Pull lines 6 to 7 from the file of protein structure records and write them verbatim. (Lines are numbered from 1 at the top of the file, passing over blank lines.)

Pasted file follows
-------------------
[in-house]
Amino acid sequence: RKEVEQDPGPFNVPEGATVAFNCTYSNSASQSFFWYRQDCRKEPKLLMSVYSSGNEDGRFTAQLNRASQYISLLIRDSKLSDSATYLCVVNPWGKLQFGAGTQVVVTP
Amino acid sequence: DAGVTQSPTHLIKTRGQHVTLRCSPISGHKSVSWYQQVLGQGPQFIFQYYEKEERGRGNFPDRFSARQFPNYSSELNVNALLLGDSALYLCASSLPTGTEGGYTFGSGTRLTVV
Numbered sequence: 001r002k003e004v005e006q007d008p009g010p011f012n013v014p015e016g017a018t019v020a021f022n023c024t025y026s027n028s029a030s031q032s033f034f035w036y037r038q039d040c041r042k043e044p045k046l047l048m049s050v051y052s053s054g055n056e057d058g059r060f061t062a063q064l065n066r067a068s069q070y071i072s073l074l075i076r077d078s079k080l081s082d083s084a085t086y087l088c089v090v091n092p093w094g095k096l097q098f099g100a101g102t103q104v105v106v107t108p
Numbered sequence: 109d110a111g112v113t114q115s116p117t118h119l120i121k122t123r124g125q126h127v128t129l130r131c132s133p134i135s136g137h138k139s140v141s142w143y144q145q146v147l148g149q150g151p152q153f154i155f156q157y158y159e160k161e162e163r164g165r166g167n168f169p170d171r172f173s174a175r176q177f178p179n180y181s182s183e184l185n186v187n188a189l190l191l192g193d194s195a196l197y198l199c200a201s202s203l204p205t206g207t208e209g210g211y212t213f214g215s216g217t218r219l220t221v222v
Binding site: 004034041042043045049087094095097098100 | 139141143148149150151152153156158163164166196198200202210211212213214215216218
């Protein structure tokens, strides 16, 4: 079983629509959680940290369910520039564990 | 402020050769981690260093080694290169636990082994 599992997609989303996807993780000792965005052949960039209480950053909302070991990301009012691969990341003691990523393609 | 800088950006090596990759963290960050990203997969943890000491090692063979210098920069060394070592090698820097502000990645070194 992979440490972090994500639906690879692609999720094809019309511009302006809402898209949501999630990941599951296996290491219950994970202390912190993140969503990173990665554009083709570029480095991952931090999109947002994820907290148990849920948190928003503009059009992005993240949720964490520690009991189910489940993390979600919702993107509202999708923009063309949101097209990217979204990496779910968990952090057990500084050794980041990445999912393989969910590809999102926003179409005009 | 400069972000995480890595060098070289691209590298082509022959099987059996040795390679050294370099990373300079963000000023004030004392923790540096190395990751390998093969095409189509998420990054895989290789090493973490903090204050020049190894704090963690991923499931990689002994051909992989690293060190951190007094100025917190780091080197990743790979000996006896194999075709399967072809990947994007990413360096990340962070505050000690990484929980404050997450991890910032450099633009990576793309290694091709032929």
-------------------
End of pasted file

Binding site: 004034041042043045049087094095097098100 | 139141143148149150151152153156158163164166196198200202210211212213214215216218
């Protein structure tokens, strides 16, 4: 079983629509959680940290369910520039564990 | 402020050769981690260093080694290169636990082994 599992997609989303996807993780000792965005052949960039209480950053909302070991990301009012691969990341003691990523393609 | 800088950006090596990759963290960050990203997969943890000491090692063979210098920069060394070592090698820097502000990645070194 992979440490972090994500639906690879692609999720094809019309511009302006809402898209949501999630990941599951296996290491219950994970202390912190993140969503990173990665554009083709570029480095991952931090999109947002994820907290148990849920948190928003503009059009992005993240949720964490520690009991189910489940993390979600919702993107509202999708923009063309949101097209990217979204990496779910968990952090057990500084050794980041990445999912393989969910590809999102926003179409005009 | 400069972000995480890595060098070289691209590298082509022959099987059996040795390679050294370099990373300079963000000023004030004392923790540096190395990751390998093969095409189509998420990054895989290789090493973490903090204050020049190894704090963690991923499931990689002994051909992989690293060190951190007094100025917190780091080197990743790979000996006896194999075709399967072809990947994007990413360096990340962070505050000690990484929980404050997450991890910032450099633009990576793309290694091709032929």